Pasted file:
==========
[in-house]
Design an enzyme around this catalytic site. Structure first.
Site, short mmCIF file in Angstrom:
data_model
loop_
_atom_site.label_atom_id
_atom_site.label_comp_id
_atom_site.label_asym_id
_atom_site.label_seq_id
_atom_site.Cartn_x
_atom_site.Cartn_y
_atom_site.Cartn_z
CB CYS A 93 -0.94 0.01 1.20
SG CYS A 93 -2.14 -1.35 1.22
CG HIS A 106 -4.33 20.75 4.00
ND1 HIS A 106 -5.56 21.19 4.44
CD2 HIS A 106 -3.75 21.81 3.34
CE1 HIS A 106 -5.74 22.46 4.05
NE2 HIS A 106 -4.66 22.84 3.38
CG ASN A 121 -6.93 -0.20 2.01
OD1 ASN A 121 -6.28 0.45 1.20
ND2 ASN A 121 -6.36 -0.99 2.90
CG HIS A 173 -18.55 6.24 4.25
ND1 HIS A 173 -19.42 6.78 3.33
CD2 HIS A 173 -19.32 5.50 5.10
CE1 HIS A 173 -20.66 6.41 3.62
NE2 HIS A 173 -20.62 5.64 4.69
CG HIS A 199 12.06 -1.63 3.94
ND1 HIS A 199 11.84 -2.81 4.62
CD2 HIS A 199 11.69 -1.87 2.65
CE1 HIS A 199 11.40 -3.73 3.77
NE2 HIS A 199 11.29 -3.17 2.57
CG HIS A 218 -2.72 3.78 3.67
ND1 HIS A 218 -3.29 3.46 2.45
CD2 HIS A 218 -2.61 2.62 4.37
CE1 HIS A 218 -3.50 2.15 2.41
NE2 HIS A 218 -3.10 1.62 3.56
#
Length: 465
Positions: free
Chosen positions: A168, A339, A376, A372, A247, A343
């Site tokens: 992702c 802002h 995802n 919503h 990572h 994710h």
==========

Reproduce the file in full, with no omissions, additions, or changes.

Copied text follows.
[in-house]
Design an enzyme around this catalytic site. Structure first.
Site, short mmCIF file in Angstrom:
data_model
loop_
_atom_site.label_atom_id
_atom_site.label_comp_id
_atom_site.label_asym_id
_atom_site.label_seq_id
_atom_site.Cartn_x
_atom_site.Cartn_y
_atom_site.Cartn_z
CB CYS A 93 -0.94 0.01 1.20
SG CYS A 93 -2.14 -1.35 1.22
CG HIS A 106 -4.33 20.75 4.00
ND1 HIS A 106 -5.56 21.19 4.44
CD2 HIS A 106 -3.75 21.81 3.34
CE1 HIS A 106 -5.74 22.46 4.05
NE2 HIS A 106 -4.66 22.84 3.38
CG ASN A 121 -6.93 -0.20 2.01
OD1 ASN A 121 -6.28 0.45 1.20
ND2 ASN A 121 -6.36 -0.99 2.90
CG HIS A 173 -18.55 6.24 4.25
ND1 HIS A 173 -19.42 6.78 3.33
CD2 HIS A 173 -19.32 5.50 5.10
CE1 HIS A 173 -20.66 6.41 3.62
NE2 HIS A 173 -20.62 5.64 4.69
CG HIS A 199 12.06 -1.63 3.94
ND1 HIS A 199 11.84 -2.81 4.62
CD2 HIS A 199 11.69 -1.87 2.65
CE1 HIS A 199 11.40 -3.73 3.77
NE2 HIS A 199 11.29 -3.17 2.57
CG HIS A 218 -2.72 3.78 3.67
ND1 HIS A 218 -3.29 3.46 2.45
CD2 HIS A 218 -2.61 2.62 4.37
CE1 HIS A 218 -3.50 2.15 2.41
NE2 HIS A 218 -3.10 1.62 3.56
#
Length: 465
Positions: free
Chosen positions: A168, A339, A376, A372, A247, A343
């Site tokens: 992702c 802002h 995802n 919503h 990572h 994710h």